I’m sure President Obama’s heart was in the right place.
A few years ago, his Department of Education, in conjunction with the Department of Justice, studied school discipline data and came to a troubling conclusion: African American students in the 2011-12 school year had been suspended or expelled at a rate three times higher than White students.
This news sent shock waves throughout the community and government. There were already concerns of a “school-to-prison pipeline” that funneled disadvantaged children to jail. Now, there was renewed agreement that things had to change.
And so, in 2014, the Departments of Education and Justice put public schools on notice. If they suspended or expelled students of any racial group more than any other, they could face a federal investigation. In place of discipline to punish bad behavior, they were urged to use positive reinforcement instead.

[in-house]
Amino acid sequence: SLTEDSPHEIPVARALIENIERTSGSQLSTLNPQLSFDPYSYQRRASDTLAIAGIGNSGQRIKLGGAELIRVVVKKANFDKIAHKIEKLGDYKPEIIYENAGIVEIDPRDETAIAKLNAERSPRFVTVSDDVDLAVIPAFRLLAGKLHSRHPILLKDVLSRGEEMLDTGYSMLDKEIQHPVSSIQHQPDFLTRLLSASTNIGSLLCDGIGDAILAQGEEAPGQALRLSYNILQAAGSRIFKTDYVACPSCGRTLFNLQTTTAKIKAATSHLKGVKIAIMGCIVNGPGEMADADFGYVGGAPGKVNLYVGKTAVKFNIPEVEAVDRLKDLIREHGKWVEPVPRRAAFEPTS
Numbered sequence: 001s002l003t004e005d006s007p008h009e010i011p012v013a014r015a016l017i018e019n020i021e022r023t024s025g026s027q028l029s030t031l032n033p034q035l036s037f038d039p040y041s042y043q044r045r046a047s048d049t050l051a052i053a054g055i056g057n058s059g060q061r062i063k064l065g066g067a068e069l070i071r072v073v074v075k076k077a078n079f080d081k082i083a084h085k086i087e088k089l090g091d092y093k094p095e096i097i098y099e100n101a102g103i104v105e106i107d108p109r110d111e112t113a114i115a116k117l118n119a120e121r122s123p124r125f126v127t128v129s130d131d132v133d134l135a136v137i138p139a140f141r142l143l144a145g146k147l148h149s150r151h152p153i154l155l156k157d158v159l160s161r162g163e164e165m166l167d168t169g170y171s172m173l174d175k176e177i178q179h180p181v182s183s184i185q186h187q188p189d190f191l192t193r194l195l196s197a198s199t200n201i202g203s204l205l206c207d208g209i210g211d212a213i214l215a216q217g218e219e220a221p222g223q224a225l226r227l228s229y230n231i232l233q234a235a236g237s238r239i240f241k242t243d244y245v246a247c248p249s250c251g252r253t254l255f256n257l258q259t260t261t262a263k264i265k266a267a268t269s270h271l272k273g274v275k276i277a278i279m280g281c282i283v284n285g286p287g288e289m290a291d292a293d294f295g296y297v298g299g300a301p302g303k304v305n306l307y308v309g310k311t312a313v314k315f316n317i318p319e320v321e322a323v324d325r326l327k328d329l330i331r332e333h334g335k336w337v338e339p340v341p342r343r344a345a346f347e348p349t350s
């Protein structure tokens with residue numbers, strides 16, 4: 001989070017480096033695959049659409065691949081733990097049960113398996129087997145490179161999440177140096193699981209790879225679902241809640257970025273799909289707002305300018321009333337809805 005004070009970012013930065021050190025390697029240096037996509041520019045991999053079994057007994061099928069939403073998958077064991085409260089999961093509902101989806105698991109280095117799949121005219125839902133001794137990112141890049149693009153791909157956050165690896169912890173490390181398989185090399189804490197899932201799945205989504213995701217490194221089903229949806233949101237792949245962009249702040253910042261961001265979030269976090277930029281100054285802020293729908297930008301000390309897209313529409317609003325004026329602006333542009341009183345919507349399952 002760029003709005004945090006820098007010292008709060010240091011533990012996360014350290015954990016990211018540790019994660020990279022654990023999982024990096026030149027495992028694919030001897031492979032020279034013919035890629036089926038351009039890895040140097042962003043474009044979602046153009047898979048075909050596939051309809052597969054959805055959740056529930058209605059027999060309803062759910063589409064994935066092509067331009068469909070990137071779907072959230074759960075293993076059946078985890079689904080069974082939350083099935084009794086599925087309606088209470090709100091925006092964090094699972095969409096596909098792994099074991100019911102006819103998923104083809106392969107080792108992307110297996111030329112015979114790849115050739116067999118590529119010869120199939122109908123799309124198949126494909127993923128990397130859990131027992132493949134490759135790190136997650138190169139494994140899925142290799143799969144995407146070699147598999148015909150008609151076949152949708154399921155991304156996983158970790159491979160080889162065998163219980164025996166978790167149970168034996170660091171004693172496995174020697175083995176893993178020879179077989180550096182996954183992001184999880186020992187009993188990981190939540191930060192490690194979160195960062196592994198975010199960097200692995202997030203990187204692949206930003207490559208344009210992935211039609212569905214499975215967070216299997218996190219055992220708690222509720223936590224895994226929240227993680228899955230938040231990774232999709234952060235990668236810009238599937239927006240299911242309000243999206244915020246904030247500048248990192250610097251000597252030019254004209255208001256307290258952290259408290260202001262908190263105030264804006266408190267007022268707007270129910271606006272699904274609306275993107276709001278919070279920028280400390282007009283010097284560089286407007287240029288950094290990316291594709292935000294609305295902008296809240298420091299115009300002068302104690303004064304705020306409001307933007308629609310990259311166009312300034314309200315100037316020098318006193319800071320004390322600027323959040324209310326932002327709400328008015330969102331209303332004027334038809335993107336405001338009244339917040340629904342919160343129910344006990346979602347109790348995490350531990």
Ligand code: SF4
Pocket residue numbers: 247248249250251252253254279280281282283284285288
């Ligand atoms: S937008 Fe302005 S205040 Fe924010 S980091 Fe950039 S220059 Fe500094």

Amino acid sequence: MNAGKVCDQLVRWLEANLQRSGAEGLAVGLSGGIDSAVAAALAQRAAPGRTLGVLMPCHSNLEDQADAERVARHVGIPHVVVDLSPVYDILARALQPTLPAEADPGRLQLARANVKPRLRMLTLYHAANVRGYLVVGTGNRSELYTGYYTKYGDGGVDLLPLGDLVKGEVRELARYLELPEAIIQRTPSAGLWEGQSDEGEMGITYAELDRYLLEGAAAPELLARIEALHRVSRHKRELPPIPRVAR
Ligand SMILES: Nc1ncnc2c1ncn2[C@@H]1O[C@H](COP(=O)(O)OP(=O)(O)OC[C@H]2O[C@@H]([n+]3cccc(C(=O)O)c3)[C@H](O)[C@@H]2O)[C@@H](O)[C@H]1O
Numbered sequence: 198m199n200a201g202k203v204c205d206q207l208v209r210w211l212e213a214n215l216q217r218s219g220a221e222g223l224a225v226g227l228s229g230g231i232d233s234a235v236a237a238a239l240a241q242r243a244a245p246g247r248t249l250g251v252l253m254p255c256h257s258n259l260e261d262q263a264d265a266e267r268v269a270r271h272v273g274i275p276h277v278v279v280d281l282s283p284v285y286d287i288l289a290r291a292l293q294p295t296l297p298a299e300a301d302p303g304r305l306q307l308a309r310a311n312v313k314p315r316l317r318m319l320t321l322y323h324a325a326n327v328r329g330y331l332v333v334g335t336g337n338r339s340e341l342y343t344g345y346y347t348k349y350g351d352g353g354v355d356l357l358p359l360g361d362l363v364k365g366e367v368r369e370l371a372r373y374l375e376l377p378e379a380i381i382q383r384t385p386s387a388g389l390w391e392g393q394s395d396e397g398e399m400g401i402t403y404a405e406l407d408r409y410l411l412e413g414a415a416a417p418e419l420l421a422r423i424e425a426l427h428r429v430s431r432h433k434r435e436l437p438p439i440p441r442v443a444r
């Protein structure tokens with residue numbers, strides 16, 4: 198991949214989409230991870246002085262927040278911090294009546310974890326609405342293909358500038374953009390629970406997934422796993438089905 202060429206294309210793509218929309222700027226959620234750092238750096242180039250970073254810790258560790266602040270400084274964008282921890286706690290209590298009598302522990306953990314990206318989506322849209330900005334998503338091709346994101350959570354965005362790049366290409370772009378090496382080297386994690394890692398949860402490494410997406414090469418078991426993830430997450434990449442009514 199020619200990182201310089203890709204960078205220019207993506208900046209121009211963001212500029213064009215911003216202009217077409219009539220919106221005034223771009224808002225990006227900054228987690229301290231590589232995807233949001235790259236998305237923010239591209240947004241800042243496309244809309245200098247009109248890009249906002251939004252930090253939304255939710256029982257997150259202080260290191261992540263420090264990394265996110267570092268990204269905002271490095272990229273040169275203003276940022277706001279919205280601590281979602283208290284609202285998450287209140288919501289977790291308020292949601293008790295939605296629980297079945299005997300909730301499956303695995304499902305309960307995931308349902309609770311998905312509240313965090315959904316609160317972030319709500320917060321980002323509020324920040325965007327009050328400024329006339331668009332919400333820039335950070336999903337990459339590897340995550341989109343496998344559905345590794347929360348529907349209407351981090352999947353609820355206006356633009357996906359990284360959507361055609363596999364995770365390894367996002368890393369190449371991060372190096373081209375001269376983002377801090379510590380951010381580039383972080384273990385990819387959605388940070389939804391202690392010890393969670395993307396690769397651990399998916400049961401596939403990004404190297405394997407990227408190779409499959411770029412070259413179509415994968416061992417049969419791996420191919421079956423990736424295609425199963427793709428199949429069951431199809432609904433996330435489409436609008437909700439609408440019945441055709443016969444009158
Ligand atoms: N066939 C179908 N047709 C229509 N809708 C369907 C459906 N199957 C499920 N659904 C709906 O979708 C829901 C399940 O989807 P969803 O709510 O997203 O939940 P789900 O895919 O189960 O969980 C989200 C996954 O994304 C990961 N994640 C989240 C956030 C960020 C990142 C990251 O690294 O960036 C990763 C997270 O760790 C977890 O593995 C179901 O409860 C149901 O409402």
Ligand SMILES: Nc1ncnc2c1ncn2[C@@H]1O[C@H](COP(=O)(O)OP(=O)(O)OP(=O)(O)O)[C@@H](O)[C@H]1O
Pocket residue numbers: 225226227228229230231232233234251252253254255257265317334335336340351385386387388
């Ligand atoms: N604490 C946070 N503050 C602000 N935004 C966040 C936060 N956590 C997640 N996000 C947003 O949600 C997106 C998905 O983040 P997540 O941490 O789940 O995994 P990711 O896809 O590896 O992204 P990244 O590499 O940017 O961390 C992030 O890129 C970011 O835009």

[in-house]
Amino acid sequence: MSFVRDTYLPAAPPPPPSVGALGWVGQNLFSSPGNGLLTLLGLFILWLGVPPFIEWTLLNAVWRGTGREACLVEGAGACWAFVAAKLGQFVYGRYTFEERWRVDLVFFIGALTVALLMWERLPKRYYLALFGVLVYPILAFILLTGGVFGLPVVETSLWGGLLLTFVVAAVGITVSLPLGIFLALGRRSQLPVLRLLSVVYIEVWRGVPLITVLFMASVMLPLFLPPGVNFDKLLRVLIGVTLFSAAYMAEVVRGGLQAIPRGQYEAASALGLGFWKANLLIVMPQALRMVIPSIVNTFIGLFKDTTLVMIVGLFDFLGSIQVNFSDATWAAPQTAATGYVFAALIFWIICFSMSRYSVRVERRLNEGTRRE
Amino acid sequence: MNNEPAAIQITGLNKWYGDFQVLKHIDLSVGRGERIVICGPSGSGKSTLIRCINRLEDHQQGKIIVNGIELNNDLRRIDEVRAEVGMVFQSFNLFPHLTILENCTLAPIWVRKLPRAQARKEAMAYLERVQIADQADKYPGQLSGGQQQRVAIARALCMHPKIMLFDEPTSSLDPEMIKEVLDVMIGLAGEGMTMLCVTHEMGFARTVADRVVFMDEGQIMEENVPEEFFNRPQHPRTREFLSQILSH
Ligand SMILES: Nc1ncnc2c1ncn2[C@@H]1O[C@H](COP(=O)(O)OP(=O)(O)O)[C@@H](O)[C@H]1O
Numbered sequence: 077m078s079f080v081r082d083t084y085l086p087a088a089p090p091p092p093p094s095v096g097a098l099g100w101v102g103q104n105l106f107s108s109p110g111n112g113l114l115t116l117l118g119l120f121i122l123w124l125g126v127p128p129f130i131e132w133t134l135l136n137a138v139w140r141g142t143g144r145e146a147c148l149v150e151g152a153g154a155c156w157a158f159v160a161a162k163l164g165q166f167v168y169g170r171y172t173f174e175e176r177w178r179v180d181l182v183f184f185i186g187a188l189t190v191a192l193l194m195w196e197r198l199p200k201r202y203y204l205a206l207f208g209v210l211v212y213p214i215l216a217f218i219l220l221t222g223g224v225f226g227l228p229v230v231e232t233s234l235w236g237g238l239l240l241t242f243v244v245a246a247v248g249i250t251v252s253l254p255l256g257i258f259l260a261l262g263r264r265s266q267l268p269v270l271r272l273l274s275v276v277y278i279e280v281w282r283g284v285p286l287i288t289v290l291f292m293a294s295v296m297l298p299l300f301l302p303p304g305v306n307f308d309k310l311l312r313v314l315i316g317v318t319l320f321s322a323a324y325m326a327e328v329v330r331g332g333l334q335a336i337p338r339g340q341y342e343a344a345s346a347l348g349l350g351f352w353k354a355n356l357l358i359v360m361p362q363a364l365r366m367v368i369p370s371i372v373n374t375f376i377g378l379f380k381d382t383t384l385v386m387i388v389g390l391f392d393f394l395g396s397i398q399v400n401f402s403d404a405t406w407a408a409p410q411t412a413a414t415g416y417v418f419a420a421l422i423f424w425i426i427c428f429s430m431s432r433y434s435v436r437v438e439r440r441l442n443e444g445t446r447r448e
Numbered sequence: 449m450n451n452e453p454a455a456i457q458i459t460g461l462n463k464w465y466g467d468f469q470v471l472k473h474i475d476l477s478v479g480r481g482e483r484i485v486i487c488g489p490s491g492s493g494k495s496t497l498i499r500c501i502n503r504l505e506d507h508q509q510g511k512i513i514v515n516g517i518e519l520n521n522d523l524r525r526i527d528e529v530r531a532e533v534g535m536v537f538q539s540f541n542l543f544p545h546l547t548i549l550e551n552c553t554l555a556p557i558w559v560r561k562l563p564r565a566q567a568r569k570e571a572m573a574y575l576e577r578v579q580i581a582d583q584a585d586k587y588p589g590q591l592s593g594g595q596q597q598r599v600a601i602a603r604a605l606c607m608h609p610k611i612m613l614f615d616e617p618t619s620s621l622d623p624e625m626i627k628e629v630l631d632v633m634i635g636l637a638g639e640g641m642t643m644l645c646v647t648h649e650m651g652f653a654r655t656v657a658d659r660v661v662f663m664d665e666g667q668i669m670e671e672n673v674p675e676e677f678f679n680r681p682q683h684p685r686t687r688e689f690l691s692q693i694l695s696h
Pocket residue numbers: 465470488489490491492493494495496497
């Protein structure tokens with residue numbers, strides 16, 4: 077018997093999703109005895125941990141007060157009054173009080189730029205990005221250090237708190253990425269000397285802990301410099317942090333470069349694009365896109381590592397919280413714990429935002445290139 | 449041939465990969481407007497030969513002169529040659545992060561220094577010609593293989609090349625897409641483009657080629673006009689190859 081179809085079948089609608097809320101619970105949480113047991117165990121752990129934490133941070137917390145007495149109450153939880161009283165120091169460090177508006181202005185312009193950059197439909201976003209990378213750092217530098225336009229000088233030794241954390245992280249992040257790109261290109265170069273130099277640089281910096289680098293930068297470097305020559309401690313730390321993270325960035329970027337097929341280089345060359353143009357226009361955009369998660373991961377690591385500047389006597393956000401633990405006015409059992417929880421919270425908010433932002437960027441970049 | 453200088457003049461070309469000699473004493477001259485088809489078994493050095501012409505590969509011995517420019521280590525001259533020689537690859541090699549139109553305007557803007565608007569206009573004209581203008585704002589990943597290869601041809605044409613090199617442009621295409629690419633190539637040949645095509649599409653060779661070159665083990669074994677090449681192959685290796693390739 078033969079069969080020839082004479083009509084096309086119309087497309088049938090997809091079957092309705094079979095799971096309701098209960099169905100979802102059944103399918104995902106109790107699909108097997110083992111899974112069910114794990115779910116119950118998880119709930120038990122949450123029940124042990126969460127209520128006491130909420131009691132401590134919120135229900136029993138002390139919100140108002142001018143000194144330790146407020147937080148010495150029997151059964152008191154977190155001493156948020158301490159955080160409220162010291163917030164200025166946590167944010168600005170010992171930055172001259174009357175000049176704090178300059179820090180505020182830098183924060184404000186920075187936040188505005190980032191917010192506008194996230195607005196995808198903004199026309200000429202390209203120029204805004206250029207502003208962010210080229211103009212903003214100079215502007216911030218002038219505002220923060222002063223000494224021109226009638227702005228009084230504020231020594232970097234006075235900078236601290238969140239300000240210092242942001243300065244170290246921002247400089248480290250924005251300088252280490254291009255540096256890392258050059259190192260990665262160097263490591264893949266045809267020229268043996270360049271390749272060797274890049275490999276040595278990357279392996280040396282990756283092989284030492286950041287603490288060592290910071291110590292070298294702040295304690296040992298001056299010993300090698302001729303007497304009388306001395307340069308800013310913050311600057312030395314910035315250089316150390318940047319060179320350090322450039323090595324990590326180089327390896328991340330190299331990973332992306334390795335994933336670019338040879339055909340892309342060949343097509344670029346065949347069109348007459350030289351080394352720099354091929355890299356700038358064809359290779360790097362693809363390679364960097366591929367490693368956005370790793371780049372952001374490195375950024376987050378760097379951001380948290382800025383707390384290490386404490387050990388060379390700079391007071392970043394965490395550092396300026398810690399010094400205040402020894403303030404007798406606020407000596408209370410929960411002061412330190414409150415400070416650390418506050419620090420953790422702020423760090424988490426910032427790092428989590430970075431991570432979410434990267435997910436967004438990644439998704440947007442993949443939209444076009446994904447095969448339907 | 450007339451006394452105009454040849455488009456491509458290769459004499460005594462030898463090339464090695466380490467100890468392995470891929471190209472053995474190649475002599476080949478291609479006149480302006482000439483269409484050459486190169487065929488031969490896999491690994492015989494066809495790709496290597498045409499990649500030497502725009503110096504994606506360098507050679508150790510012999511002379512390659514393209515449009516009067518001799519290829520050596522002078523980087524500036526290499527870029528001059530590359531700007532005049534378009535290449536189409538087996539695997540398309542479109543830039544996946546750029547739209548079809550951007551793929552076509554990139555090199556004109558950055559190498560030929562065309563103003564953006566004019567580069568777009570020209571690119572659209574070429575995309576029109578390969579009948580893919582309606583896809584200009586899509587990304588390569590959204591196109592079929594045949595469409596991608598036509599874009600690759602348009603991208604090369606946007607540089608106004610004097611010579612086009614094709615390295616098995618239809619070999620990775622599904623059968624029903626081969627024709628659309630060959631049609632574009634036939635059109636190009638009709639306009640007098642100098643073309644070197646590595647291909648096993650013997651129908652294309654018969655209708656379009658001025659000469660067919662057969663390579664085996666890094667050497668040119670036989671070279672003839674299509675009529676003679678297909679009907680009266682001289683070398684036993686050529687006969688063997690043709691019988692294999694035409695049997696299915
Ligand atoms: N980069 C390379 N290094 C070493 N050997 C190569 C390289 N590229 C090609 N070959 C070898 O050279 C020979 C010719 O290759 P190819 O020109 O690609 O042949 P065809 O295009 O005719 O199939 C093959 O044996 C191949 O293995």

As the grandmother of five school-age kids, I watched this closely. And as one of the Black students who integrated an all-White Richmond, Va., school in 1961, I was hopeful.
I hoped this policy would lead to safer schools. I prayed it would help students get a better education. And I felt confident it would open the door to a brighter future for our kids.
But like so many other parents and grandparents, I was wrong.
The federal government’s warning had an immediate impact. Schools across America quickly changed their discipline policies and reduced their suspension and expulsion rates. In doing so, they avoided the investigation threatened by the President. But at the same time, they put our children at risk.
Today, kids who bully and assault their classmates too often do so without fear of punishment. They know teachers have lost control. And they realize they can get away with behavior that never used to be tolerated.